Lutheran leaders from across the country conducted more than 70 productive meetings on Capitol Hill and at the White House last Wednesday. Gathering for the annual Lutheran Immigration Leadership Summit, more than 40 leaders called for fair and virtuous immigration reform that reflects our values as Lutherans and as Americans. A letter to President Obama was ultimately signed, urging on him to take action.
The leaders had face-to-face conversations with more than 20 members of Congress and met with staff at more than 70 congressional offices.
Ten leaders also met with the President’s Domestic Policy Council and the Office of Faith-Based and Neighborhood Partnerships at the White House. A letter was delivered to President Obama after the meeting. Signed by 37 of the leaders, the letter thanked the President for his leadership on immigration reform, but also called on him to “ease the pain caused by unnecessarily high rates of detention and deportation.”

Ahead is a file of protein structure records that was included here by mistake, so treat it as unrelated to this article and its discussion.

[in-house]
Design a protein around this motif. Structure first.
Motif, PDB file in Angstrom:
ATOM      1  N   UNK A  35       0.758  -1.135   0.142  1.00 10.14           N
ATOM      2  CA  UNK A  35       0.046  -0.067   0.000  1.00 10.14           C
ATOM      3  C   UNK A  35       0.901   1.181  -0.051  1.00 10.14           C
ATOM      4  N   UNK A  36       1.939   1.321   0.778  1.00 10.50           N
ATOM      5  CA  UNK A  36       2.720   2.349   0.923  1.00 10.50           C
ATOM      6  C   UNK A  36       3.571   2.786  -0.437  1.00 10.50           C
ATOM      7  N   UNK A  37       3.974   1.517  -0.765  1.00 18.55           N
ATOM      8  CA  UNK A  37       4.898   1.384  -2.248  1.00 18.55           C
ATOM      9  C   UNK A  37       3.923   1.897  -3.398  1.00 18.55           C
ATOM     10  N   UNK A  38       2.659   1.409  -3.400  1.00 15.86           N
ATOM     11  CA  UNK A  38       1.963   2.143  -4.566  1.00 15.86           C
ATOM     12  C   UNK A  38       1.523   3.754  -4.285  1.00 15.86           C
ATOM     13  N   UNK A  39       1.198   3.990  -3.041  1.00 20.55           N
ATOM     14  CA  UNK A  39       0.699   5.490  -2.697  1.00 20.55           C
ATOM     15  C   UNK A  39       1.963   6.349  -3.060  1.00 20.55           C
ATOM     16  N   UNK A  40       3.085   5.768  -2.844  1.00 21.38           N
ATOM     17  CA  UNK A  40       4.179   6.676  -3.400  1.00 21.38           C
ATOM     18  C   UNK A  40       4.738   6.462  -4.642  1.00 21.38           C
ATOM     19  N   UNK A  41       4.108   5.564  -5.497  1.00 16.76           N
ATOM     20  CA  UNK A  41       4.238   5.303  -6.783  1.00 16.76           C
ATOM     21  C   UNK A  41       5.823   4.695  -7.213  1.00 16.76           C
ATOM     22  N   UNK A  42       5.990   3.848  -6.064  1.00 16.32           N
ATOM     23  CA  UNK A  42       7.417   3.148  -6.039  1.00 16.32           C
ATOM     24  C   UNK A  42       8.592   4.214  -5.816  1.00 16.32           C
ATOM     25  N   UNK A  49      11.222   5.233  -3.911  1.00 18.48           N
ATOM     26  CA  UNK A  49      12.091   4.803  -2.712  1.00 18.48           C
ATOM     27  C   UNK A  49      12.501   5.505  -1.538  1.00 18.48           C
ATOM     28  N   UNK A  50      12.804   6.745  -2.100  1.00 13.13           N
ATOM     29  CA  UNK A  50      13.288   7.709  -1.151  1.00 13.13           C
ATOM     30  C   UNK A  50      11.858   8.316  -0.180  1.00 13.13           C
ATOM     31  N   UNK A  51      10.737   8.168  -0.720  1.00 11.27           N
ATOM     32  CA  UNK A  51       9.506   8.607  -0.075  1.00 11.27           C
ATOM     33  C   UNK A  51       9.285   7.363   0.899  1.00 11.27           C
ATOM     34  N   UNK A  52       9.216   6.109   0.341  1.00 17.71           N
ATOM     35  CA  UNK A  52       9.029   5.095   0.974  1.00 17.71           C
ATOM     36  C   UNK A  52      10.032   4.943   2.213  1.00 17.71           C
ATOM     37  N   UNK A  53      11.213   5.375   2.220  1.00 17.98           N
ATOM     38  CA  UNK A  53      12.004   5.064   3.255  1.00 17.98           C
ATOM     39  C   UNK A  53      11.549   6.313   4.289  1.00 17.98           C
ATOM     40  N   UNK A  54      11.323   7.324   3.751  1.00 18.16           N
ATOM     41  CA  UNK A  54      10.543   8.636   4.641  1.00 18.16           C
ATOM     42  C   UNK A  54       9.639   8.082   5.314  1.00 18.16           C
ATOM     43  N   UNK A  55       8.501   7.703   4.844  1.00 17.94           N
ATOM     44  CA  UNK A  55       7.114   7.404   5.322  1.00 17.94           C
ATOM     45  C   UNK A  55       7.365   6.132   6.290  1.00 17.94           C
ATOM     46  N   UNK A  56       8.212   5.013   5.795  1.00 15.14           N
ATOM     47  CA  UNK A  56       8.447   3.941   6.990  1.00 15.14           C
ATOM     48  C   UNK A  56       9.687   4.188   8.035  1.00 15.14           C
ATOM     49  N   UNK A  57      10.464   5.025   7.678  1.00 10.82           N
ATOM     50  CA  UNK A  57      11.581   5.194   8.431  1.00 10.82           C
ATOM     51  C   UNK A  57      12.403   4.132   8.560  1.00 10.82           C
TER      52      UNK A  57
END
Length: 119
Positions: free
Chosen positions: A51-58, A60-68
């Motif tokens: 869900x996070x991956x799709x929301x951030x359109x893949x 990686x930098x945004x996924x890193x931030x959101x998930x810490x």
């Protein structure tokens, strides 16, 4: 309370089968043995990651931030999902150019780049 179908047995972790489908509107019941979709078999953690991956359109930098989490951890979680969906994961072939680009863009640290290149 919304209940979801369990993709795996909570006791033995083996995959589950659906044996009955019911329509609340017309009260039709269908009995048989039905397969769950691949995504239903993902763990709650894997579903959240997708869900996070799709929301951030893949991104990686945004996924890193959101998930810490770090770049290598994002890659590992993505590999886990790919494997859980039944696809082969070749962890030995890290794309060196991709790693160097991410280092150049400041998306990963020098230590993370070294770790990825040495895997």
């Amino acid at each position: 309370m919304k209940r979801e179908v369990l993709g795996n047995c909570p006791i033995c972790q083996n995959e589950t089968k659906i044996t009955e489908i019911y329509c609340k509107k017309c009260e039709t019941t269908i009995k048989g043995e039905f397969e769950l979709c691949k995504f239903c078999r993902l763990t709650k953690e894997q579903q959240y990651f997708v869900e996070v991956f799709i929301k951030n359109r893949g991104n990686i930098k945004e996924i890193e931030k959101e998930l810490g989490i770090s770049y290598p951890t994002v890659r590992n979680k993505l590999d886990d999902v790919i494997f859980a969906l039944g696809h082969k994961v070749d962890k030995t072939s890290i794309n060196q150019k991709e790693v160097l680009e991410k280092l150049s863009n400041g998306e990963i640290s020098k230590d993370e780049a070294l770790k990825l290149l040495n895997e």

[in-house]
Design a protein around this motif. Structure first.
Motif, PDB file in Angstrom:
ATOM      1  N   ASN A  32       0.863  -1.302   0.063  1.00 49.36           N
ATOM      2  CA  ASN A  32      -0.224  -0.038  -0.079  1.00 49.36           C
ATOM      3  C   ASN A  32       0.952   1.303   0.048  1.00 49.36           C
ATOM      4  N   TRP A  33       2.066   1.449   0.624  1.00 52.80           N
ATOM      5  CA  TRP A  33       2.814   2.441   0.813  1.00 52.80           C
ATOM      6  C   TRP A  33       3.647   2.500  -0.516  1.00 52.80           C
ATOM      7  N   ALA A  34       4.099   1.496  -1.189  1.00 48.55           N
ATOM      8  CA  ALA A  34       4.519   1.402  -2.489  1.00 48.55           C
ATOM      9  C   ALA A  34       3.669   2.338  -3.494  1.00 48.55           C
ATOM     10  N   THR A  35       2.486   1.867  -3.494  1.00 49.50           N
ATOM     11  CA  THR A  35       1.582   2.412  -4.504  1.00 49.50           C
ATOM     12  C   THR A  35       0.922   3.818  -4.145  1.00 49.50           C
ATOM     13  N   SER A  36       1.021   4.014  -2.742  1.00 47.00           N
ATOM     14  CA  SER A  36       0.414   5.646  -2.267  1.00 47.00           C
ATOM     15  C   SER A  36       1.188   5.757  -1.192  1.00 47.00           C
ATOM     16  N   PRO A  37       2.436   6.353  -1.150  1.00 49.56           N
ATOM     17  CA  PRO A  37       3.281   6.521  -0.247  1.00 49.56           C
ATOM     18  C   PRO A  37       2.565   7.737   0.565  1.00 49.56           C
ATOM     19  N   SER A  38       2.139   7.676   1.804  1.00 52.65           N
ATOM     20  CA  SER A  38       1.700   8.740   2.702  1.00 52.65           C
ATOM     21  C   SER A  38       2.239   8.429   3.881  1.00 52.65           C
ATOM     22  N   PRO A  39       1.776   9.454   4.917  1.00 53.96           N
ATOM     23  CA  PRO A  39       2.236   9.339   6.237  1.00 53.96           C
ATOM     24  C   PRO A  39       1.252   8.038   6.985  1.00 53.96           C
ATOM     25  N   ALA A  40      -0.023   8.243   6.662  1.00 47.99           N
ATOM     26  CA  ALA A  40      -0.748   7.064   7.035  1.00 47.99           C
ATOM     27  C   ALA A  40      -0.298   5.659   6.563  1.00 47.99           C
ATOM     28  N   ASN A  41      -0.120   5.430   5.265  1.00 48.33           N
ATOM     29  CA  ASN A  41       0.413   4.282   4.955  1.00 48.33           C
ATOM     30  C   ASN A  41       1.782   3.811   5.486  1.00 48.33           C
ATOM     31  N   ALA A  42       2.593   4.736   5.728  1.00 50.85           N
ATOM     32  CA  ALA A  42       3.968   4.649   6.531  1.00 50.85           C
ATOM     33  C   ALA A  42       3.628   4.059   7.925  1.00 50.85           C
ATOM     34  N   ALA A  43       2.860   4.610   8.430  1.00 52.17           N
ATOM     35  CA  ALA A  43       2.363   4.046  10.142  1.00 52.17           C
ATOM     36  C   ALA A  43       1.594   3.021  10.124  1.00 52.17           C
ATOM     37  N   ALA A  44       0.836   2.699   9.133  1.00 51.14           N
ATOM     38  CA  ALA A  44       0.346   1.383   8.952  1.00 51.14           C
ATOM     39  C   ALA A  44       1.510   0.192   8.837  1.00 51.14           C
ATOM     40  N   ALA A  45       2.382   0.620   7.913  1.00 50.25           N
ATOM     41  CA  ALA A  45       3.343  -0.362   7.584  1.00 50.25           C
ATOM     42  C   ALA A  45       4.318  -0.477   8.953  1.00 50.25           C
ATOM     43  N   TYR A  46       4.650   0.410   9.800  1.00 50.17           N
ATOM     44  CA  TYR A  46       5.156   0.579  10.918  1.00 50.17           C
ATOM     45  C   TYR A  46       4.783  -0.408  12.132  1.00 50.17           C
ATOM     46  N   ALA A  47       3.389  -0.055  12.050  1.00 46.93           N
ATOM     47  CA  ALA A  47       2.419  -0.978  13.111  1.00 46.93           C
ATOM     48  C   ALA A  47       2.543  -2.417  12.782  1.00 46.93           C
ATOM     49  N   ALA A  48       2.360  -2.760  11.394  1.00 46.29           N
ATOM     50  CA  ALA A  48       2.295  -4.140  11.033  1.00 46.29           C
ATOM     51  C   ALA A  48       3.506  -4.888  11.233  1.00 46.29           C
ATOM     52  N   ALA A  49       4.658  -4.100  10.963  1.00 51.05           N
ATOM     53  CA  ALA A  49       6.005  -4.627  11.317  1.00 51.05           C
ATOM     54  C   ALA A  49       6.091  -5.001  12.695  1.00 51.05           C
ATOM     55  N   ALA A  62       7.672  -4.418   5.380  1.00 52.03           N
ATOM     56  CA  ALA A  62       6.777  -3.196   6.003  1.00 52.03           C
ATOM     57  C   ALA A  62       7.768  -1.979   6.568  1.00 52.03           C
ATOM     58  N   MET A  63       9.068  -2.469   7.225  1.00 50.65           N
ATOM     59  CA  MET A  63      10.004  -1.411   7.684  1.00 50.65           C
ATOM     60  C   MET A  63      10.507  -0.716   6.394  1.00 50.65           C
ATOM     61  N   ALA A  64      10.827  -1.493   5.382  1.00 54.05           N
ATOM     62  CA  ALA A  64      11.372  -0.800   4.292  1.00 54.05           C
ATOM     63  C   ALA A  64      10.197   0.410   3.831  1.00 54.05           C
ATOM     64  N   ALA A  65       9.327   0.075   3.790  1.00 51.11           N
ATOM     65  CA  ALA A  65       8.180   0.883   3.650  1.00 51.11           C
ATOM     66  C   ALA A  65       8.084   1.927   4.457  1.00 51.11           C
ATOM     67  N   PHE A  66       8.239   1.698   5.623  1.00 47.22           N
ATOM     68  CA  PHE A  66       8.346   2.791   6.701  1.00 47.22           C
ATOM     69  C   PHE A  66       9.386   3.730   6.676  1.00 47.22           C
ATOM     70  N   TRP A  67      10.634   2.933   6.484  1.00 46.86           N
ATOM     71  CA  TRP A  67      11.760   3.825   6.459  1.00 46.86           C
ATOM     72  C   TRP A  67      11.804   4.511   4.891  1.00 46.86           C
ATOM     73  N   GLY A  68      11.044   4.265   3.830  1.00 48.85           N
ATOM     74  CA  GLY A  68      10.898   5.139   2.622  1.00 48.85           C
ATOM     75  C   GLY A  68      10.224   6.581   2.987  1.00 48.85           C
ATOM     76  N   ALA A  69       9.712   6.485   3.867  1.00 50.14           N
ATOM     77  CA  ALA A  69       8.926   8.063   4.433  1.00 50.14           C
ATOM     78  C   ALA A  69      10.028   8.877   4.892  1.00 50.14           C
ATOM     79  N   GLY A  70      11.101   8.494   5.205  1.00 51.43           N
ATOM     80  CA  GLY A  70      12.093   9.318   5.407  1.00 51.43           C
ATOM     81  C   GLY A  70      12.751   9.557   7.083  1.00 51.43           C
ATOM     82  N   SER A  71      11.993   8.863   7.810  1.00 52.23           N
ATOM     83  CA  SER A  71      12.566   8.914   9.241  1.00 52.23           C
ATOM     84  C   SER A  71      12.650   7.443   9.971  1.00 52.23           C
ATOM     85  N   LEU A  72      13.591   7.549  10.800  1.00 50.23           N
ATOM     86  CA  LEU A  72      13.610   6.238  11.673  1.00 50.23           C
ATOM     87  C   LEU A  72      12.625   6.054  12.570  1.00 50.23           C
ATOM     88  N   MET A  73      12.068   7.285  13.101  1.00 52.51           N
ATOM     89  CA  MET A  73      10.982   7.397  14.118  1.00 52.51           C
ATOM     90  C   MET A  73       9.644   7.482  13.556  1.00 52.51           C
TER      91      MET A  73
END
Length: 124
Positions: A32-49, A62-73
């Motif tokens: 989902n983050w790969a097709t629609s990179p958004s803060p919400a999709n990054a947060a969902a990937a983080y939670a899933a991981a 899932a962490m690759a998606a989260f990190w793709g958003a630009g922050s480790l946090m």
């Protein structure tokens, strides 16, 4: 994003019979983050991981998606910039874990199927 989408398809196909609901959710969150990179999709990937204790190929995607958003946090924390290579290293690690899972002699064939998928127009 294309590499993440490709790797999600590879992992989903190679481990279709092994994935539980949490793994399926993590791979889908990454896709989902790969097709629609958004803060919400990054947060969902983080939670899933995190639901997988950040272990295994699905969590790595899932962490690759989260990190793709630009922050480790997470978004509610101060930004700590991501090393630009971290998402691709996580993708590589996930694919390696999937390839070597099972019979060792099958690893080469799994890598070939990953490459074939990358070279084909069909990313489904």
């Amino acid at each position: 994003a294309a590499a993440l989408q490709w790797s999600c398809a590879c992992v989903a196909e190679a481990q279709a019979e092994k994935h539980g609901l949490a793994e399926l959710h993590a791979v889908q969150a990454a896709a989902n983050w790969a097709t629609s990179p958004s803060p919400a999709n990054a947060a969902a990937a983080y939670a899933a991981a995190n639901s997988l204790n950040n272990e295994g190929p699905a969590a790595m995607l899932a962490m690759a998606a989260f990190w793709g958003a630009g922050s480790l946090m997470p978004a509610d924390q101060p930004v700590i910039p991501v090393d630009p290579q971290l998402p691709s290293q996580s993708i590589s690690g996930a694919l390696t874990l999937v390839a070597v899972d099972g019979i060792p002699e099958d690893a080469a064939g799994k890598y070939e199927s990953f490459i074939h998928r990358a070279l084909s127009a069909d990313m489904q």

Throughout the day, the leaders shared stories with elected officials on how our nation’s broken immigration system creates a culture of fear in their communities. These stories, widespread across congregations, synods, and districts, surprised many of the congressional offices. Staff members in all offices said the stories were important to hear, they help elected officials decide how to vote. Staffers encouraged constituents to share their experiences through op-eds, letters to the editor, emails to their representatives and visiting their representatives’ local offices.
We are proud that as Lutherans and as part of the faith community, we continue to boldly advocate for immigration reform that includes a path to citizenship, humane enforcement of immigration laws, and protects family unity, vulnerable migrants, and workers.
We’ve written a press release on the visits and letter, which you can view here.